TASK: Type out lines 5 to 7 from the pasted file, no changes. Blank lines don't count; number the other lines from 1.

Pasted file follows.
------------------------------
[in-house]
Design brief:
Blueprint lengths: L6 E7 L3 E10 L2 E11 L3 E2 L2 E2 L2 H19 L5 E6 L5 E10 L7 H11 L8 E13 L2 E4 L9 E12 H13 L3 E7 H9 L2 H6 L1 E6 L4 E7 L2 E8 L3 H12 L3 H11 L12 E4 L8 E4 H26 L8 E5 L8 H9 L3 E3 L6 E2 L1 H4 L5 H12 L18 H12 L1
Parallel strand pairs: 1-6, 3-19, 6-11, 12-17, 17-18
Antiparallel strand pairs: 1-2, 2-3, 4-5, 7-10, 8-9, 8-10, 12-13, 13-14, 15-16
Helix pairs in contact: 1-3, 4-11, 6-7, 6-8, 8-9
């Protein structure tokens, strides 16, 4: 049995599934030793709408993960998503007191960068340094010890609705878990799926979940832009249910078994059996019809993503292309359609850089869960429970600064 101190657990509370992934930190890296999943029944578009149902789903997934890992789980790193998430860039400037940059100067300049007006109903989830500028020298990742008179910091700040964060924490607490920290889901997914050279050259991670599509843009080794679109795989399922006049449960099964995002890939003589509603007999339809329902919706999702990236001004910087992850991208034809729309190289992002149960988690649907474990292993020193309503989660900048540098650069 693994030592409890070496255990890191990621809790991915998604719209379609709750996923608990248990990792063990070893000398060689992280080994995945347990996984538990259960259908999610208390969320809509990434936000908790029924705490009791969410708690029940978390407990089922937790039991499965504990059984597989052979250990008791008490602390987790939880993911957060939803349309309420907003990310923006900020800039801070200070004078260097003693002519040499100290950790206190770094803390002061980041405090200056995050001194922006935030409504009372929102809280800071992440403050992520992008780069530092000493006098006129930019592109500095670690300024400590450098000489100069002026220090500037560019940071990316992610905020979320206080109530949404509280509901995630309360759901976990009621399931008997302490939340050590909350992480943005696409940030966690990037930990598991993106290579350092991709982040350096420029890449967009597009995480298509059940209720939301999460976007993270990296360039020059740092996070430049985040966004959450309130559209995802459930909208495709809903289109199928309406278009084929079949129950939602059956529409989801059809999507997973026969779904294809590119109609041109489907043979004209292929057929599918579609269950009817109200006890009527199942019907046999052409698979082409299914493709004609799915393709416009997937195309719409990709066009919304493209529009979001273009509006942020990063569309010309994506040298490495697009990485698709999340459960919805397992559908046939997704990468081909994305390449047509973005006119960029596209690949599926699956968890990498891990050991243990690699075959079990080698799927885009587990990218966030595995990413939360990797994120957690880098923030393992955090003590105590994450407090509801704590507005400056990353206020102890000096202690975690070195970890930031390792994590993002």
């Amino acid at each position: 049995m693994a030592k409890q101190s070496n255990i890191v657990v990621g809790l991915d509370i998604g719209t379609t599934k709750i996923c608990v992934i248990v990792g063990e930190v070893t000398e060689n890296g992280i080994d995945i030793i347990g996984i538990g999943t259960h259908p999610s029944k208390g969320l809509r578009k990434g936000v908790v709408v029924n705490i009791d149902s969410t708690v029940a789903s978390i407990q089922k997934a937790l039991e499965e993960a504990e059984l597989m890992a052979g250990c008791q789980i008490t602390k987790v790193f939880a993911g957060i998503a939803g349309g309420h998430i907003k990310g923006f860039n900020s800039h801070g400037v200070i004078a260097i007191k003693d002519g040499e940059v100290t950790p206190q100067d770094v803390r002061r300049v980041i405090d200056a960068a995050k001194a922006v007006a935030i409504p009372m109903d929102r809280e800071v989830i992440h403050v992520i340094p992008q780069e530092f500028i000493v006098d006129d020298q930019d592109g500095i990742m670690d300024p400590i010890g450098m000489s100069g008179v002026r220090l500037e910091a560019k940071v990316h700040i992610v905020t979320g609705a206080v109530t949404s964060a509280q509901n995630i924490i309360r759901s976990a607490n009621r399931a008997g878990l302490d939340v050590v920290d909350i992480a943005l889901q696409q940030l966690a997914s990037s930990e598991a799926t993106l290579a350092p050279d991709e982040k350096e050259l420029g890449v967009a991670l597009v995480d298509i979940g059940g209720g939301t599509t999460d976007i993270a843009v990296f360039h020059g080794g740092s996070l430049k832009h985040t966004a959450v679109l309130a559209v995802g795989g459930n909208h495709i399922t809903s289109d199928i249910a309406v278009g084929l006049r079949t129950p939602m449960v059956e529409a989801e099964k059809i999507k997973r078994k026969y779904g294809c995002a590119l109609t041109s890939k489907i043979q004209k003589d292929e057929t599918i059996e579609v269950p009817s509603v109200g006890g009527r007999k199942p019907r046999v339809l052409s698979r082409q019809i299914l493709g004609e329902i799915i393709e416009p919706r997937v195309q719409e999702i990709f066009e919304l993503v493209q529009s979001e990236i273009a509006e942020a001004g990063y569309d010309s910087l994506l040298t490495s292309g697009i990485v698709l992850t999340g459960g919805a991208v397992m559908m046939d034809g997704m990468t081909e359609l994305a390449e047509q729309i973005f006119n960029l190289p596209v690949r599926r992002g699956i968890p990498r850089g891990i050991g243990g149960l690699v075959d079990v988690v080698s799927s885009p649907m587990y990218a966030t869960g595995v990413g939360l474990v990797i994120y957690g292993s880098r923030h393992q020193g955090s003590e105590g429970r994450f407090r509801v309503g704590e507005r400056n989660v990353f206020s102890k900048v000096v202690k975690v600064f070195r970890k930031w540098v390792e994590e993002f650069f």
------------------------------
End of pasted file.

Antiparallel strand pairs: 1-2, 2-3, 4-5, 7-10, 8-9, 8-10, 12-13, 13-14, 15-16
Helix pairs in contact: 1-3, 4-11, 6-7, 6-8, 8-9
């Protein structure tokens, strides 16, 4: 049995599934030793709408993960998503007191960068340094010890609705878990799926979940832009249910078994059996019809993503292309359609850089869960429970600064 101190657990509370992934930190890296999943029944578009149902789903997934890992789980790193998430860039400037940059100067300049007006109903989830500028020298990742008179910091700040964060924490607490920290889901997914050279050259991670599509843009080794679109795989399922006049449960099964995002890939003589509603007999339809329902919706999702990236001004910087992850991208034809729309190289992002149960988690649907474990292993020193309503989660900048540098650069 693994030592409890070496255990890191990621809790991915998604719209379609709750996923608990248990990792063990070893000398060689992280080994995945347990996984538990259960259908999610208390969320809509990434936000908790029924705490009791969410708690029940978390407990089922937790039991499965504990059984597989052979250990008791008490602390987790939880993911957060939803349309309420907003990310923006900020800039801070200070004078260097003693002519040499100290950790206190770094803390002061980041405090200056995050001194922006935030409504009372929102809280800071992440403050992520992008780069530092000493006098006129930019592109500095670690300024400590450098000489100069002026220090500037560019940071990316992610905020979320206080109530949404509280509901995630309360759901976990009621399931008997302490939340050590909350992480943005696409940030966690990037930990598991993106290579350092991709982040350096420029890449967009597009995480298509059940209720939301999460976007993270990296360039020059740092996070430049985040966004959450309130559209995802459930909208495709809903289109199928309406278009084929079949129950939602059956529409989801059809999507997973026969779904294809590119109609041109489907043979004209292929057929599918579609269950009817109200006890009527199942019907046999052409698979082409299914493709004609799915393709416009997937195309719409990709066009919304493209529009979001273009509006942020990063569309010309994506040298490495697009990485698709999340459960919805397992559908046939997704990468081909994305390449047509973005006119960029596209690949599926699956968890990498891990050991243990690699075959079990080698799927885009587990990218966030595995990413939360990797994120957690880098923030393992955090003590105590994450407090509801704590507005400056990353206020102890000096202690975690070195970890930031390792994590993002």